How would you describe your company’s work culture? If you immediately jump to thinking about rock climbing walls, monthly sporting events, and weekly happy hours, you may be headed in the wrong direction. Your company’s culture is what’s running beneath the surface. It’s a core operating principle based on an underlying set of values and beliefs that keeps your business running at its healthiest.
Culture is more than what your company wears on its sleeve. It’s a part of the job that relates to everything from management and leadership to employee performance. It’s intimately tied with trust and improving communication at work. It is easily felt, but sometimes difficult to describe. But where does it start?
It starts with an environment of supportive leadership that’s focused on letting the true talents and greatest potential of your people shine.
When people operate in this type of environment of harnessing employee motivation, they’re highly engaged and drawn to their work. They reinvent their core passions and identities into what they’re producing for your business. Now imagine what will happen if everyone is operating at this level. When employee satisfaction is at its highest level, everyone brings value, happiness, and passion to the table — that’s when your business will be at its best.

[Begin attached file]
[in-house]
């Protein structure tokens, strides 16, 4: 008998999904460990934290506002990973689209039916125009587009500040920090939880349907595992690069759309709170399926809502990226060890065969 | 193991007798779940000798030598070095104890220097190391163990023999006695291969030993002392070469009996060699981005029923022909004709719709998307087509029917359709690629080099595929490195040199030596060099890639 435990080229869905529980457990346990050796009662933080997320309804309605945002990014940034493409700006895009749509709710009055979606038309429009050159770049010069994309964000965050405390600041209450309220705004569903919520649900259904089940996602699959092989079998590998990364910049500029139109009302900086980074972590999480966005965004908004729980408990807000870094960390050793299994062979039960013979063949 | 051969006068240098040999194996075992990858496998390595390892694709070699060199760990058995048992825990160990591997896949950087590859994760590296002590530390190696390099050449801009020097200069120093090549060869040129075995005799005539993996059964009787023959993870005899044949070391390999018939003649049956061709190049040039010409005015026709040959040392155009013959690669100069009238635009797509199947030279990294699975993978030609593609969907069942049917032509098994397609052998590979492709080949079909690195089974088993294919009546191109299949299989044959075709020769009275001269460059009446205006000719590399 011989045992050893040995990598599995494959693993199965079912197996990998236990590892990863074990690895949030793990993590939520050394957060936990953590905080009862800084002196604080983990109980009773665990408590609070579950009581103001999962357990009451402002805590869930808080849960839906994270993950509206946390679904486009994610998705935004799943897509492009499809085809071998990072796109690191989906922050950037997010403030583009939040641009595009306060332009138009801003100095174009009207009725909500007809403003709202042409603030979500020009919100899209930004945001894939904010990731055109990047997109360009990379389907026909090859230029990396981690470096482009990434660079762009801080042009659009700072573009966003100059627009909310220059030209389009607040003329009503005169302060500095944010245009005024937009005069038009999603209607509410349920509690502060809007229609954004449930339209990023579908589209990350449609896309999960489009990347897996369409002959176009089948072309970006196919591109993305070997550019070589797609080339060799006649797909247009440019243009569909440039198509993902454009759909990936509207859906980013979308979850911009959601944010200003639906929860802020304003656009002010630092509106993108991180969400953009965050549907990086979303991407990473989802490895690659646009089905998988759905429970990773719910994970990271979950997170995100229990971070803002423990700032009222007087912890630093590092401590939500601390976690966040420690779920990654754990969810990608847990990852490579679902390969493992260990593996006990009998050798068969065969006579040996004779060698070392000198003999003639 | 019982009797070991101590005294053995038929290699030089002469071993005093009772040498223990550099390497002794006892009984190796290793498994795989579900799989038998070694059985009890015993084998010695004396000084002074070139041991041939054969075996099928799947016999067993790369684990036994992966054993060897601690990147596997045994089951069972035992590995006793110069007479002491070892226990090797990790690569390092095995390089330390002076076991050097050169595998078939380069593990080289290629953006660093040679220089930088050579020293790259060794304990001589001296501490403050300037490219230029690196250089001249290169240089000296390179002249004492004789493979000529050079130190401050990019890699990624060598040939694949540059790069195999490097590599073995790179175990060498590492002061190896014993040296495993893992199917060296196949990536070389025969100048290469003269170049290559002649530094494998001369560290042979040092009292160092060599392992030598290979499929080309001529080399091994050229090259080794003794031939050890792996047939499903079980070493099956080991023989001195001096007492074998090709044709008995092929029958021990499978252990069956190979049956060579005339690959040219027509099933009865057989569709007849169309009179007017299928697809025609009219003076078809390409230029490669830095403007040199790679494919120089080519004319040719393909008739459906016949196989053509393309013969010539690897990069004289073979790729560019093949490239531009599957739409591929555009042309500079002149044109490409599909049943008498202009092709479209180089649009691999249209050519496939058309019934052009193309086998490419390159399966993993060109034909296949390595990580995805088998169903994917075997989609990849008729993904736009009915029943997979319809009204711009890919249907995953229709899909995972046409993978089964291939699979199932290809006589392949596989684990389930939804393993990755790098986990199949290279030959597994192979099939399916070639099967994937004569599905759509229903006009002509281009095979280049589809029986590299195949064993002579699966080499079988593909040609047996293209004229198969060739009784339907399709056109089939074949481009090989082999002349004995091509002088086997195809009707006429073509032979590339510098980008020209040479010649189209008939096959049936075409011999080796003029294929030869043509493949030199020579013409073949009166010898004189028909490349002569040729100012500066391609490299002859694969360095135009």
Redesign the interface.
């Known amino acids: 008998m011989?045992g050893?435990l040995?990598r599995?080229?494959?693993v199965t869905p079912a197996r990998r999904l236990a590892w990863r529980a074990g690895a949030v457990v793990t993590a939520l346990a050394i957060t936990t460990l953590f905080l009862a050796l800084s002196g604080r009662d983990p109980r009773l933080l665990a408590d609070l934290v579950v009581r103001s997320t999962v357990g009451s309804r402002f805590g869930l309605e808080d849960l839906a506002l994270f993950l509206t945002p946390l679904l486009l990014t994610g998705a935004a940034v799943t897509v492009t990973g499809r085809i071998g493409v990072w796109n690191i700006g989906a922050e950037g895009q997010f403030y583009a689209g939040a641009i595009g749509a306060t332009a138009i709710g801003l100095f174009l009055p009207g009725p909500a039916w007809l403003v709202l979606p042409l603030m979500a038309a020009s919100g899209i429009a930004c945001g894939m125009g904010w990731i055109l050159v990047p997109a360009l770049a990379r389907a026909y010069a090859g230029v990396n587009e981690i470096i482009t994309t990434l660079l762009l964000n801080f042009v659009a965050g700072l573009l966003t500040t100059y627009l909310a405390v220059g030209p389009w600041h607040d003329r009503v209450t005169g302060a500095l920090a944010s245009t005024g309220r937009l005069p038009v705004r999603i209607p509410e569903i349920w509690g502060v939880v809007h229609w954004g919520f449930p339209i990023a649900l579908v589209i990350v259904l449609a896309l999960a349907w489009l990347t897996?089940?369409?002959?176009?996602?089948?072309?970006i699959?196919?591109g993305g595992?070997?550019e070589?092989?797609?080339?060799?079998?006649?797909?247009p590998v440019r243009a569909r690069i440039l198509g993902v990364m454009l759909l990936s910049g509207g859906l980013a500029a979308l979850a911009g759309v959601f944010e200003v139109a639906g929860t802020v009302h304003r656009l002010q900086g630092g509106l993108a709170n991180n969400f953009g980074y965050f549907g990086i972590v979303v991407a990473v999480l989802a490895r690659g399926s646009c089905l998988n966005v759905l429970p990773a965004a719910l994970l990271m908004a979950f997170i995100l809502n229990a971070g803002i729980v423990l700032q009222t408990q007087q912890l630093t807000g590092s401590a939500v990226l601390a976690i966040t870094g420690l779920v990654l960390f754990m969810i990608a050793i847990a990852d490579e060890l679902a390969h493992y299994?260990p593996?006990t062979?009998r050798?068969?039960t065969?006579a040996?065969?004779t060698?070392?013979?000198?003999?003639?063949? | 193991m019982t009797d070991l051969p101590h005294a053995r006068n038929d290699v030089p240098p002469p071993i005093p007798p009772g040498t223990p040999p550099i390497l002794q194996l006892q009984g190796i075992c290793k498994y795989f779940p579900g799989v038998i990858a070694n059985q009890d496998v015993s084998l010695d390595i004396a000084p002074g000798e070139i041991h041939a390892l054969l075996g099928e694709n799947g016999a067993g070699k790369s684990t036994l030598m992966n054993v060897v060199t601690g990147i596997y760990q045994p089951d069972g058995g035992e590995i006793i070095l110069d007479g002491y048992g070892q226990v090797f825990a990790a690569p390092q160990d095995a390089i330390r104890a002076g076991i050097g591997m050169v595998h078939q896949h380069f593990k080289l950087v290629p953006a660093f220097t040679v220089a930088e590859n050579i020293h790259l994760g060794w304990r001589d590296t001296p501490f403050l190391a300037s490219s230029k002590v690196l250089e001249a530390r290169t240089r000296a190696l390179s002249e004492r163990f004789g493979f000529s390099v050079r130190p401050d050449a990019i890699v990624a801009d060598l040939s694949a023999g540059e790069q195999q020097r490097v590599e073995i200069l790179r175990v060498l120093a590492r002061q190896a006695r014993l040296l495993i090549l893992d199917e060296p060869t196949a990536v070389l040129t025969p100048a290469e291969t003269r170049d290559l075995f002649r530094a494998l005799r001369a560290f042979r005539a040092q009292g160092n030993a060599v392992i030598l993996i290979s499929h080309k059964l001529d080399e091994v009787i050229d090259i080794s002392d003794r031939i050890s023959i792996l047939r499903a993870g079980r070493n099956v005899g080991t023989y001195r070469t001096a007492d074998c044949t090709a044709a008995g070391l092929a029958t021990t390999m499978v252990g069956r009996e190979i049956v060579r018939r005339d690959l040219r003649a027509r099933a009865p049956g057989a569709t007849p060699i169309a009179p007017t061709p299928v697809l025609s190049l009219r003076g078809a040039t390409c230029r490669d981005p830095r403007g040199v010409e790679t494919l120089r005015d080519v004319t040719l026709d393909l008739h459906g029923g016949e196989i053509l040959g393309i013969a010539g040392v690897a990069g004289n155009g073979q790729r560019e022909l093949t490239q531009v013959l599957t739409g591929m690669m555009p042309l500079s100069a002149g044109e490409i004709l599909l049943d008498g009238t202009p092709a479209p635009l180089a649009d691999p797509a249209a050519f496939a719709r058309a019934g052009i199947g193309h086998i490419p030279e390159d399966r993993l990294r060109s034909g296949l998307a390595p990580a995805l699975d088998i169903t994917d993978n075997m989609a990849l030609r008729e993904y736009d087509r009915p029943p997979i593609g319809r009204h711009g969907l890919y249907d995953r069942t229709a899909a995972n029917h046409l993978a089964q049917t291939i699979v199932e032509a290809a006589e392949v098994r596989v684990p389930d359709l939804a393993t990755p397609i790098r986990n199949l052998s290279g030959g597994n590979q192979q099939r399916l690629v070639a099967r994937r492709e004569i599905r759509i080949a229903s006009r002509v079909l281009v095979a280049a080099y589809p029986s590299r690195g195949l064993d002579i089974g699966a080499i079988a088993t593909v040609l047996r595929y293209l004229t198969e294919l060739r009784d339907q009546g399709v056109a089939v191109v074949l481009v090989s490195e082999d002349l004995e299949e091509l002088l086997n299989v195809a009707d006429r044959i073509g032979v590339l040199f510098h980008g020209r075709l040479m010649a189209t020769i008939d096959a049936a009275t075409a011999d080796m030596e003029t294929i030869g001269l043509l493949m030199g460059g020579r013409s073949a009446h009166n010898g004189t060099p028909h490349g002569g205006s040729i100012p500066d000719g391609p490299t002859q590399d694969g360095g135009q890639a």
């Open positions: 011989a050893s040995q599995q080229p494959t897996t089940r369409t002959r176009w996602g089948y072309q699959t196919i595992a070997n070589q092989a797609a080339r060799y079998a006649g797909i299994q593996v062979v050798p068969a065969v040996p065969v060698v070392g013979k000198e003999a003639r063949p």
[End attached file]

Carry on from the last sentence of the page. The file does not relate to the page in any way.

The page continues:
As your business matures and your revenue streams become healthier, your team will inevitably grow. This can be an exciting time in your business. However, there are growth pains and a deteriorating work culture can be one of the most dangerous. From improving team communication between office sites, or helping a dozen new hires mesh with your team, growth can have an impact on culture. As your small business or startup scales, your culture and how you manage organizational change needs to scale too.
Employees who have been there from the beginning and who are used to wearing many hats, will have to become more specialized, thus delegating or giving up aspects of their jobs to new hires. So keeping the entire team engaged and in the know, like you would a shareholder, is very important. These invaluable tips will keep your company strong and let you cultivate the best management style possible.
“The growth and development of people is the highest calling of leadership.” – Harvey S. Firestone
Bigger business is all the more reason to keep your teams small. It’s no secret that smaller teams are agile, nimble, and able to handle pivots and curveballs. (Think Instagram’s small team and the pods within larger organizations like Google and Microsoft.)